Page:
Colchicine / Probenecid Dosage

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Usual Adult Dose for:

Additional dosage information:

Usual Adult Dose for Gouty Arthritis

Chronic gouty arthritis complicated by frequent, recurrent acute attacks of gout:
Initial dose: 1 tablet orally once a day for 1 week
Maintenance dose: 1 tablet orally twice a day

Colchicine-probenecid should be continued at the dosage that will maintain normal serum urate levels.

Renal Dose Adjustments

Colchicine-probenecid has been used in patients with some renal dysfunction but dosage requirements may be increased. A daily dosage of 2 tablets orally may be adequate; however, if necessary, the daily dosage may be increased by 1 tablet every 4 weeks within tolerance (usually not greater than 4 tablets/day) if symptoms of gouty arthritis are not controlled or the 24 hour uric acid excretion is not about 700 mg.

Colchicine-probenecid may not be effective in chronic renal insufficiency, particularly when the glomerular filtration rate is 30 mL/minute or less.

Liver Dose Adjustments

Data not available

The possibility of increased colchicine toxicity in the presence of hepatic dysfunction should be considered.

Dose Adjustments

Colchicine-probenecid should be continued at the dosage that will maintain normal serum urate levels. When 6 months or more have passed without acute attacks and serum urate levels remain within normal limits, the daily dose of colchicine-probenecid may be reduced by 1 tablet every 6 months. The maintenance dose should not be decreased to the point where serum urate levels tend to rise.

Gastric intolerance may be indicative of overdosage and may be corrected by decreasing the dose.

Precautions

Colchicine-probenecid therapy should not be started until an acute gouty attack has subsided. However, if an acute attack is precipitated during therapy, colchicine-probenecid may be continued with no dose adjustment; additional colchicine or other appropriate therapy should be used to control the acute attack.

Colchicine-probenecid is contraindicated in patients with known blood dyscrasias or uric acid kidney stones. The use of salicylates (in small or large doses) is contraindicated in patients on colchicine-probenecid.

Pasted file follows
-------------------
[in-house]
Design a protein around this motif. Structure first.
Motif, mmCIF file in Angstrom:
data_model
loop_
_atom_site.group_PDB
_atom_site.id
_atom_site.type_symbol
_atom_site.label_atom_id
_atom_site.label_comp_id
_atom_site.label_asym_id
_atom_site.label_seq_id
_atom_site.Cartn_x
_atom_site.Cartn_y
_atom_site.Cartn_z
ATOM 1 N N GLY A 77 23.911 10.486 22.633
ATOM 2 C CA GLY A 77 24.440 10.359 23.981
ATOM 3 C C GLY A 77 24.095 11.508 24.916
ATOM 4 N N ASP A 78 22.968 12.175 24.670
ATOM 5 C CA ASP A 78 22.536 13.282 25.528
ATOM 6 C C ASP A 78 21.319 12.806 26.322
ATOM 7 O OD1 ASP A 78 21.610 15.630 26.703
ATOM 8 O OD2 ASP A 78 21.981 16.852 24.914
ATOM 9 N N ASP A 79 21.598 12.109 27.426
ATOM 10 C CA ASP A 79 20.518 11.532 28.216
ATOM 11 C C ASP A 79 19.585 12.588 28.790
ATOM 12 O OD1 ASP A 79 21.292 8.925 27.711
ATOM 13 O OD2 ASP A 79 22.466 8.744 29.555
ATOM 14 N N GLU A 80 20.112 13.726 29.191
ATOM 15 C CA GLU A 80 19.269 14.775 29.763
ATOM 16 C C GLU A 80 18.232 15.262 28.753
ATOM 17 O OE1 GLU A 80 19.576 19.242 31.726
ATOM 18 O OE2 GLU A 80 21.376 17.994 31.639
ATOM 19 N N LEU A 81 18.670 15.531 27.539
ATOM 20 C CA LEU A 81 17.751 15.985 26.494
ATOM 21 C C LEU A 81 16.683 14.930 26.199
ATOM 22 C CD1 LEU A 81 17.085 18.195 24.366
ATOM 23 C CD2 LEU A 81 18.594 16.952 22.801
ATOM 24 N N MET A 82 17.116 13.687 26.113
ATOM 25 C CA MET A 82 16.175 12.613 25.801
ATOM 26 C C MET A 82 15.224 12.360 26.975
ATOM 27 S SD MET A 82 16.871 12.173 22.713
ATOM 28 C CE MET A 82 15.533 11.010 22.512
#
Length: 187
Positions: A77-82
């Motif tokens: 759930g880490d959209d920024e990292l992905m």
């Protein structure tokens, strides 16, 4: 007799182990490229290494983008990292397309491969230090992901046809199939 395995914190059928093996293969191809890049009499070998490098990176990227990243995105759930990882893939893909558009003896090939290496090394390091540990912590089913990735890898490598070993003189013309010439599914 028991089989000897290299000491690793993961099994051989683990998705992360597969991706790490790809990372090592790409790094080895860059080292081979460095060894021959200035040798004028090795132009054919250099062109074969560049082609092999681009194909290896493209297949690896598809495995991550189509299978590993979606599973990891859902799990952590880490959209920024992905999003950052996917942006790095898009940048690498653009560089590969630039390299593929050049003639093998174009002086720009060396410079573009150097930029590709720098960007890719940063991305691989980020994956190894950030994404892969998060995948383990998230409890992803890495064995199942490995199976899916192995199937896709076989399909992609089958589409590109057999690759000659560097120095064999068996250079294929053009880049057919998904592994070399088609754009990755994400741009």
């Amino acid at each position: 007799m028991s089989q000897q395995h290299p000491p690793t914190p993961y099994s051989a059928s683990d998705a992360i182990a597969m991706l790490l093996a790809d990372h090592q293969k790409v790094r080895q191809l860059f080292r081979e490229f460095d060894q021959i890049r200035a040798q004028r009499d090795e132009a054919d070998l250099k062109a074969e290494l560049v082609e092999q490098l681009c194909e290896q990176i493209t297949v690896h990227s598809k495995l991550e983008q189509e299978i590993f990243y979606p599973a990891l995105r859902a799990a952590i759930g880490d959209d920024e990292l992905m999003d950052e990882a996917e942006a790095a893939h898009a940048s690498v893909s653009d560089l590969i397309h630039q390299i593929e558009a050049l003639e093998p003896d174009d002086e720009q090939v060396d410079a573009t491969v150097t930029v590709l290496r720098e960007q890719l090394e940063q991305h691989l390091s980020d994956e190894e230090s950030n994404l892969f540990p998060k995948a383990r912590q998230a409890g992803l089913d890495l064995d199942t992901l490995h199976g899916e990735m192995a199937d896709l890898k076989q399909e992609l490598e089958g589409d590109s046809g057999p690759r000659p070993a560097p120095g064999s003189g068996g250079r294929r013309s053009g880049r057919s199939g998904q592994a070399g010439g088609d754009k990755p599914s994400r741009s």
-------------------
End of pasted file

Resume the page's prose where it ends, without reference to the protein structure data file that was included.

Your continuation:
Coadministration of colchicine with P-glycoprotein or potent CYP450 3A4 inhibitors is contraindicated in patients with renal or hepatic dysfunction.

Severe allergic reactions and anaphylaxis have been reported rarely. Most cases occurred within several hours after resuming therapy with colchicine-probenecid. Therapy should be discontinued if hypersensitivity reactions occur.

Colchicine administration may produce serious and possibly fatal systemic toxicity. Patients and health care professionals should be aware of the signs and risk factors of acute colchicine toxicity.

Hematuria, renal colic, costovertebral pain, and formation of uric acid stones associated with the use of colchicine-probenecid in gouty patients may be prevented by alkalization of the urine and liberal fluid intake. When alkali is administered, the patient's acid-base balance should be monitored.

Colchicine-probenecid should be used with caution in patients with a history of peptic ulcer. Colchicine should be used with caution in the elderly and in debilitated patients.

Colchicine-probenecid is contraindicated in pediatric patients less than 2 years of age. Safety and effectiveness have not been established in pediatric patients (less than 18 years of age).

Dialysis

Colchicine-probenecid may not be effective in chronic renal insufficiency, particularly when the glomerular filtration rate is 30 mL/minute or less.

Colchicine is not effectively removed by dialysis.

Other Comments

As uric acid tends to crystallize out of acidic urine, liberal fluid intake is recommended, as well as sufficient sodium bicarbonate (3 to 7.5 g daily) or potassium citrate (7.5 g daily) to maintain alkaline urine. Alkalization of the urine is recommended until the serum urate level returns to normal limits and tophaceous deposits disappear (i.e., during the period when urinary excretion of uric acid is at a high level). Thereafter, alkalization of the urine and the usual restriction of purine-producing foods may be somewhat relaxed.

Patients on methotrexate therapy may be at an increased risk of methotrexate toxicity if given probenecid. In animal studies, probenecid has increased plasma methotrexate levels leading to toxicity. If colchicine-probenecid is given with methotrexate, the dosage of methotrexate should be reduced and serum levels may need to be monitored.

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